Behavioural research looks at how our minds and our bodies are linked as well as how we respond emotionally to illness.
Nursing and Behavioural Research
- BC Alliance for Telehealth Policy and Research
- The British Columbia Alliance on Telehealth Policy and Research (BCATPR) is a multi-disciplinary research team working in the area of health-related services using telecommunications technologies. This alliance is a joint partnership consisting of academic institutions and provincial health authorities committed to providing relevant evidence and capacity building for integration of sustainable telehealth care services into routine health care practices within British Columbia.
Simon Fraser University at Harbour Centre
2600 – 515 West Hastings Street
Vancouver, BC, V6B 5K3
- Clinical Nursing Research
Dr Martha Mackay PhD, RN CCN(C)
Heart disease takes a high toll on Canadians. It can lead to death or affect our ability to function and earn a living and our overall happiness. Physical factors (to do with our body’s makeup) are very important in heart disease. Other factors, such as people’s gender, ethnic background and social position can also play a part in how heart disease affects people. But we don’t completely understand how important these factors are or how they work. Dr. Mackay is a clinician-scientist in cardiac nursing, based at the School of Nursing, University of British Columbia, and St. Paul’s Hospital Heart Centre. Her research looks at how these social and other factors affect what patients do to take care of their heart health, how easily they get heart care, and how well they recover after receiving care. This knowledge will lay the groundwork for new treatments and ways to close any gaps we find.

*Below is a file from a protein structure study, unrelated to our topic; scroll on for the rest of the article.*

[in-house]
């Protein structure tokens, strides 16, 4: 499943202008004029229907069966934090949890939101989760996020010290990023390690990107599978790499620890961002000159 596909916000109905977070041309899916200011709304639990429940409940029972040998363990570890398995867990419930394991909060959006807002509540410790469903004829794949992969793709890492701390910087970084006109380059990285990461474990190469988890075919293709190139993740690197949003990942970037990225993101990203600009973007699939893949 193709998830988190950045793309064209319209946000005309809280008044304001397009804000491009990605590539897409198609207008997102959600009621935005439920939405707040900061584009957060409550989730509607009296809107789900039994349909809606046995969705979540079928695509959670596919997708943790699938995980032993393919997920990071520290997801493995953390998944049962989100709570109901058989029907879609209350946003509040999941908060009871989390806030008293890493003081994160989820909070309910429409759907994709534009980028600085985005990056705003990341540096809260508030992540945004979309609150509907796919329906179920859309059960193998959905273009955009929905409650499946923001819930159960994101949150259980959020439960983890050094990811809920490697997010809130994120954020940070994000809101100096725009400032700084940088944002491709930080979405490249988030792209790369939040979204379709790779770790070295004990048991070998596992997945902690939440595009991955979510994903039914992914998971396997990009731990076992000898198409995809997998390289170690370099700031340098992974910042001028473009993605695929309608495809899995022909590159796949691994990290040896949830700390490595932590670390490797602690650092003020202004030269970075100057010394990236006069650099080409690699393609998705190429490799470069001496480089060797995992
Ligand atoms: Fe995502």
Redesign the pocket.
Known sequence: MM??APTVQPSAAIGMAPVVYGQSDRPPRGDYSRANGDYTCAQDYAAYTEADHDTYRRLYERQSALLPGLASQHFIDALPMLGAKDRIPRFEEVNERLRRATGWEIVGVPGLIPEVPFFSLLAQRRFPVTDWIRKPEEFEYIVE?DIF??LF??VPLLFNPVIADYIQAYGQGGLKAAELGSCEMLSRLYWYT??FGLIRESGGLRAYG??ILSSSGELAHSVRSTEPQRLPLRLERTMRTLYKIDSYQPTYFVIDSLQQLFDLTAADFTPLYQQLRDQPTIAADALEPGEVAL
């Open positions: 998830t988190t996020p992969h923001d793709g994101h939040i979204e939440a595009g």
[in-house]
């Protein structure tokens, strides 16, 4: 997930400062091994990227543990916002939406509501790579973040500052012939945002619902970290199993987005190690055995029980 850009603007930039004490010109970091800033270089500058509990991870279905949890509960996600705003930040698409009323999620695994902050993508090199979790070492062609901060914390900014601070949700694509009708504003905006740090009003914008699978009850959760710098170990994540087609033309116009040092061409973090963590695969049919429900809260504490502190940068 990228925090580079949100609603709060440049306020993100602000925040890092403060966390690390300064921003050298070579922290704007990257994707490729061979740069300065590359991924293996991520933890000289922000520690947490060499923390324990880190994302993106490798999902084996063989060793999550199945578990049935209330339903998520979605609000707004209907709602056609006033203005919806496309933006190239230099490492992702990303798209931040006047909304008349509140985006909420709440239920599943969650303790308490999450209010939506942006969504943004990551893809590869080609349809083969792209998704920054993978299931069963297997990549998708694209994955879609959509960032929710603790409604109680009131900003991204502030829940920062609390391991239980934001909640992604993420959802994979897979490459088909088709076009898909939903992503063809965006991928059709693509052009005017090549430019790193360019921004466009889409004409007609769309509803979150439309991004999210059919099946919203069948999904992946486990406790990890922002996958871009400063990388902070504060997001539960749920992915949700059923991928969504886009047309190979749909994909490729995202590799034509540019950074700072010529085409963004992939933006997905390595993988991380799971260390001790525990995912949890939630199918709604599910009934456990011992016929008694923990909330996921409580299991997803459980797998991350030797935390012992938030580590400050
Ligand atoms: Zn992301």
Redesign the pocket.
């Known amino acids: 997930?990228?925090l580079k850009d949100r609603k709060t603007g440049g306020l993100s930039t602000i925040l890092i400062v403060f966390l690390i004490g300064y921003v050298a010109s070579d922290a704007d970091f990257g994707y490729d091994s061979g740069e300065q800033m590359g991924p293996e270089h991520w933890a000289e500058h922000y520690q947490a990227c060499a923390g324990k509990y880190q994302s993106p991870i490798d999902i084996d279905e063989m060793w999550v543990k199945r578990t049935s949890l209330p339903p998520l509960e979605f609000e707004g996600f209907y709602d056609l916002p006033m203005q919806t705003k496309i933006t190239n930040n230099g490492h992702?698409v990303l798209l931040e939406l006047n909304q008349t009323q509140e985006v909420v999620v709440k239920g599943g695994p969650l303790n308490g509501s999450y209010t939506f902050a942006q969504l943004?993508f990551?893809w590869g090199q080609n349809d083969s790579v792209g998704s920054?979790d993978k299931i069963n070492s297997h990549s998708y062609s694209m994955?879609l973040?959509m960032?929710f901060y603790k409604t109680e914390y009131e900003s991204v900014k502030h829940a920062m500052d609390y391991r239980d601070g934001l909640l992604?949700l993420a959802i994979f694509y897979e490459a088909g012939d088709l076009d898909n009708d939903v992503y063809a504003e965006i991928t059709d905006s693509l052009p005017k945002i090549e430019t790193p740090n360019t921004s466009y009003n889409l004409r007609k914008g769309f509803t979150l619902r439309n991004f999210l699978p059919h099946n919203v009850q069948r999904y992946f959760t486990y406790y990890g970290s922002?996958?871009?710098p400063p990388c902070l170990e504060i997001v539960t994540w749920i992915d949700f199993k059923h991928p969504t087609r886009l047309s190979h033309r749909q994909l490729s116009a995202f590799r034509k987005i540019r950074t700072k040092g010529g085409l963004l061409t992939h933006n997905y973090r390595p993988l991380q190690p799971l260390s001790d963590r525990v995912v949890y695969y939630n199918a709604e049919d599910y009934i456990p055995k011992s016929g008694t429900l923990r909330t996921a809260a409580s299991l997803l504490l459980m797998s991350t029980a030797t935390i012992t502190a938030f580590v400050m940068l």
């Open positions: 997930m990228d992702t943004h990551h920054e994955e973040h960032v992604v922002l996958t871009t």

Dr Sandra Lauck PhD, RN
Dr. Lauck is a clinician scientist at the Centre for Heart Valve Innovation at St. Paul’s Hospital, and a clinical assistant professor at the University of British Columbia School of Nursing. Vancouver is internationally renowned for developing new ways of caring for people with heart valve disease. It’s important to make sure that we have the right services in place in the hospital to help people who need these new procedures. It’s also important that we understand if these new treatments make a difference to our patients, especially in terms of their quality of life. Dr. Lauck’s research aims to help the Centre for Heart Valve Innovation deliver the best care it can so that patients can have the best results.
- Research in Cardiac Psychology
- The cardiac psychology group is actively engaged in research. The following describes general research interests as well as research projects that are currently under way. The Heart Centre Psychologists explore issues such as psychological distress, decision making, motivation to change, anxiety and depression and caregiver experiences.
Dr. Sarah Cockell, PhD, R.Psych.
Pacific Adult Congenital Heart Program
Dr. Quincy Young, PhD, R.Psych.
Heart Transplant & VAD Programs